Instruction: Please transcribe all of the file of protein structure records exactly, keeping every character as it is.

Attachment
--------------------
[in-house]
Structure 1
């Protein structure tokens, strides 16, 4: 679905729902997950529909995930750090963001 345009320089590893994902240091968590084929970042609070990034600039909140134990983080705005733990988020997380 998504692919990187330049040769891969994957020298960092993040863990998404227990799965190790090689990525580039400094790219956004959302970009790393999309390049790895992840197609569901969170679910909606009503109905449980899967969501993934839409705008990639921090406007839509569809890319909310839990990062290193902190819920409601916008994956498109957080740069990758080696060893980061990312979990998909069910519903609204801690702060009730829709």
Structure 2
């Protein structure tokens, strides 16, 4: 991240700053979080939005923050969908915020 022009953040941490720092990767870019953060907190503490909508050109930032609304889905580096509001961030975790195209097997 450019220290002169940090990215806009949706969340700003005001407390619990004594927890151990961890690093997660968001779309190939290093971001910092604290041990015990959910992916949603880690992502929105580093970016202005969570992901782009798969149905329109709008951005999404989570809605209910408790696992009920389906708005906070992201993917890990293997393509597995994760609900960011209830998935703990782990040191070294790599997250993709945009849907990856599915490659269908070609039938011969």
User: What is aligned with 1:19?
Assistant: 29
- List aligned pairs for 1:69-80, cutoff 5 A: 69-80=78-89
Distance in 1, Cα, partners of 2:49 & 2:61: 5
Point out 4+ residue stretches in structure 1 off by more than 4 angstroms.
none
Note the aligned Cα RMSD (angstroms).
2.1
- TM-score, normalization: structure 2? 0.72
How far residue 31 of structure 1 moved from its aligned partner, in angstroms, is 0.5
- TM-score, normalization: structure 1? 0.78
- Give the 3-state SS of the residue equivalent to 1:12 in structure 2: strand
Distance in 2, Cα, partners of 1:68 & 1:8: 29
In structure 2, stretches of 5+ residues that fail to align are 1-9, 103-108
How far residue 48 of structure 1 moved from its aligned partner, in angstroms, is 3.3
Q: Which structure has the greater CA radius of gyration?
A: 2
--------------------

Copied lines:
[in-house]
Structure 1
């Protein structure tokens, strides 16, 4: 679905729902997950529909995930750090963001 345009320089590893994902240091968590084929970042609070990034600039909140134990983080705005733990988020997380 998504692919990187330049040769891969994957020298960092993040863990998404227990799965190790090689990525580039400094790219956004959302970009790393999309390049790895992840197609569901969170679910909606009503109905449980899967969501993934839409705008990639921090406007839509569809890319909310839990990062290193902190819920409601916008994956498109957080740069990758080696060893980061990312979990998909069910519903609204801690702060009730829709």
Structure 2
């Protein structure tokens, strides 16, 4: 991240700053979080939005923050969908915020 022009953040941490720092990767870019953060907190503490909508050109930032609304889905580096509001961030975790195209097997 450019220290002169940090990215806009949706969340700003005001407390619990004594927890151990961890690093997660968001779309190939290093971001910092604290041990015990959910992916949603880690992502929105580093970016202005969570992901782009798969149905329109709008951005999404989570809605209910408790696992009920389906708005906070992201993917890990293997393509597995994760609900960011209830998935703990782990040191070294790599997250993709945009849907990856599915490659269908070609039938011969």
User: What is aligned with 1:19?
Assistant: 29
- List aligned pairs for 1:69-80, cutoff 5 A: 69-80=78-89
Distance in 1, Cα, partners of 2:49 & 2:61: 5
Point out 4+ residue stretches in structure 1 off by more than 4 angstroms.
none
Note the aligned Cα RMSD (angstroms).
2.1
- TM-score, normalization: structure 2? 0.72
How far residue 31 of structure 1 moved from its aligned partner, in angstroms, is 0.5
- TM-score, normalization: structure 1? 0.78
- Give the 3-state SS of the residue equivalent to 1:12 in structure 2: strand
Distance in 2, Cα, partners of 1:68 & 1:8: 29
In structure 2, stretches of 5+ residues that fail to align are 1-9, 103-108
How far residue 48 of structure 1 moved from its aligned partner, in angstroms, is 3.3
Q: Which structure has the greater CA radius of gyration?
A: 2